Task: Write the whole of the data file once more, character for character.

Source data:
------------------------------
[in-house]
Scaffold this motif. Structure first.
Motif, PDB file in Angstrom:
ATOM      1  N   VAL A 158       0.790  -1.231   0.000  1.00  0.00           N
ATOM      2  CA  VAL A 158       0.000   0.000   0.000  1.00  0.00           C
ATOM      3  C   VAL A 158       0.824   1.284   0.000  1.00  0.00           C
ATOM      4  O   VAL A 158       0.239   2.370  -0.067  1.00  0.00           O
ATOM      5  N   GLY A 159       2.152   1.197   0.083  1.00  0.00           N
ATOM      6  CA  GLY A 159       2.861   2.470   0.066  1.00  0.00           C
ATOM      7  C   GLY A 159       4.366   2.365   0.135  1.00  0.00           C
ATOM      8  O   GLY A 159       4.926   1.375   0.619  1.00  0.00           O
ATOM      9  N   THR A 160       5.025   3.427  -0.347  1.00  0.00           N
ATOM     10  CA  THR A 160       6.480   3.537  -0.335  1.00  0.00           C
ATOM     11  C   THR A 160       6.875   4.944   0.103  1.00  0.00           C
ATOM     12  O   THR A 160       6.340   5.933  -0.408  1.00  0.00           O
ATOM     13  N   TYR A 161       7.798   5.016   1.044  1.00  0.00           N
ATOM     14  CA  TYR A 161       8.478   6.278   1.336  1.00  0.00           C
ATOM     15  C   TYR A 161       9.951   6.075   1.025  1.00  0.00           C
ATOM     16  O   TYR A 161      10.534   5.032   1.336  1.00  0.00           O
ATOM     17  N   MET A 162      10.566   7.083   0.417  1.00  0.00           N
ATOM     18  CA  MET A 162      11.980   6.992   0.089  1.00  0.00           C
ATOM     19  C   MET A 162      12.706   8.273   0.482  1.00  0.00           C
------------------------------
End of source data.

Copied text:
[in-house]
Scaffold this motif. Structure first.
Motif, PDB file in Angstrom:
ATOM      1  N   VAL A 158       0.790  -1.231   0.000  1.00  0.00           N
ATOM      2  CA  VAL A 158       0.000   0.000   0.000  1.00  0.00           C
ATOM      3  C   VAL A 158       0.824   1.284   0.000  1.00  0.00           C
ATOM      4  O   VAL A 158       0.239   2.370  -0.067  1.00  0.00           O
ATOM      5  N   GLY A 159       2.152   1.197   0.083  1.00  0.00           N
ATOM      6  CA  GLY A 159       2.861   2.470   0.066  1.00  0.00           C
ATOM      7  C   GLY A 159       4.366   2.365   0.135  1.00  0.00           C
ATOM      8  O   GLY A 159       4.926   1.375   0.619  1.00  0.00           O
ATOM      9  N   THR A 160       5.025   3.427  -0.347  1.00  0.00           N
ATOM     10  CA  THR A 160       6.480   3.537  -0.335  1.00  0.00           C
ATOM     11  C   THR A 160       6.875   4.944   0.103  1.00  0.00           C
ATOM     12  O   THR A 160       6.340   5.933  -0.408  1.00  0.00           O
ATOM     13  N   TYR A 161       7.798   5.016   1.044  1.00  0.00           N
ATOM     14  CA  TYR A 161       8.478   6.278   1.336  1.00  0.00           C
ATOM     15  C   TYR A 161       9.951   6.075   1.025  1.00  0.00           C
ATOM     16  O   TYR A 161      10.534   5.032   1.336  1.00  0.00           O
ATOM     17  N   MET A 162      10.566   7.083   0.417  1.00  0.00           N
ATOM     18  CA  MET A 162      11.980   6.992   0.089  1.00  0.00           C
ATOM     19  C   MET A 162      12.706   8.273   0.482  1.00  0.00           C